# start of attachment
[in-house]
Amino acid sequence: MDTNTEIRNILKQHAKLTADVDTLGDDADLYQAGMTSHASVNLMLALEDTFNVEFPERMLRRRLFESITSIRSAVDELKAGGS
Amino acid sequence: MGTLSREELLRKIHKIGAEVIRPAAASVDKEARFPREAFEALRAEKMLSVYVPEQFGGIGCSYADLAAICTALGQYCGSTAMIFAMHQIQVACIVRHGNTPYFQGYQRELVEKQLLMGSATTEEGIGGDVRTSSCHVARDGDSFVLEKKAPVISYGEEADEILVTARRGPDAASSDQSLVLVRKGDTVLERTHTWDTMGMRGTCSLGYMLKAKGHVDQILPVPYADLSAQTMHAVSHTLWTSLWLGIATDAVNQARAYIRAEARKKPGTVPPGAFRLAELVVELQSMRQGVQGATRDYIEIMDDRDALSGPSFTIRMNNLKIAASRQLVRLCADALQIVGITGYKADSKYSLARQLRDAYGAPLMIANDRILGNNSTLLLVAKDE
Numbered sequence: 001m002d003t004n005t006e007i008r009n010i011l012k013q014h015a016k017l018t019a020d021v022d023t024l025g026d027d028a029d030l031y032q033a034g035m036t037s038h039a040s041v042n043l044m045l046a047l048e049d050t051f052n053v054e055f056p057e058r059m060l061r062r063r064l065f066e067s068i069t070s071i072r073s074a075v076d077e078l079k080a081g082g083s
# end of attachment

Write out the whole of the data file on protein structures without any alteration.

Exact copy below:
[in-house]
Amino acid sequence: MDTNTEIRNILKQHAKLTADVDTLGDDADLYQAGMTSHASVNLMLALEDTFNVEFPERMLRRRLFESITSIRSAVDELKAGGS
Amino acid sequence: MGTLSREELLRKIHKIGAEVIRPAAASVDKEARFPREAFEALRAEKMLSVYVPEQFGGIGCSYADLAAICTALGQYCGSTAMIFAMHQIQVACIVRHGNTPYFQGYQRELVEKQLLMGSATTEEGIGGDVRTSSCHVARDGDSFVLEKKAPVISYGEEADEILVTARRGPDAASSDQSLVLVRKGDTVLERTHTWDTMGMRGTCSLGYMLKAKGHVDQILPVPYADLSAQTMHAVSHTLWTSLWLGIATDAVNQARAYIRAEARKKPGTVPPGAFRLAELVVELQSMRQGVQGATRDYIEIMDDRDALSGPSFTIRMNNLKIAASRQLVRLCADALQIVGITGYKADSKYSLARQLRDAYGAPLMIANDRILGNNSTLLLVAKDE
Numbered sequence: 001m002d003t004n005t006e007i008r009n010i011l012k013q014h015a016k017l018t019a020d021v022d023t024l025g026d027d028a029d030l031y032q033a034g035m036t037s038h039a040s041v042n043l044m045l046a047l048e049d050t051f052n053v054e055f056p057e058r059m060l061r062r063r064l065f066e067s068i069t070s071i072r073s074a075v076d077e078l079k080a081g082g083s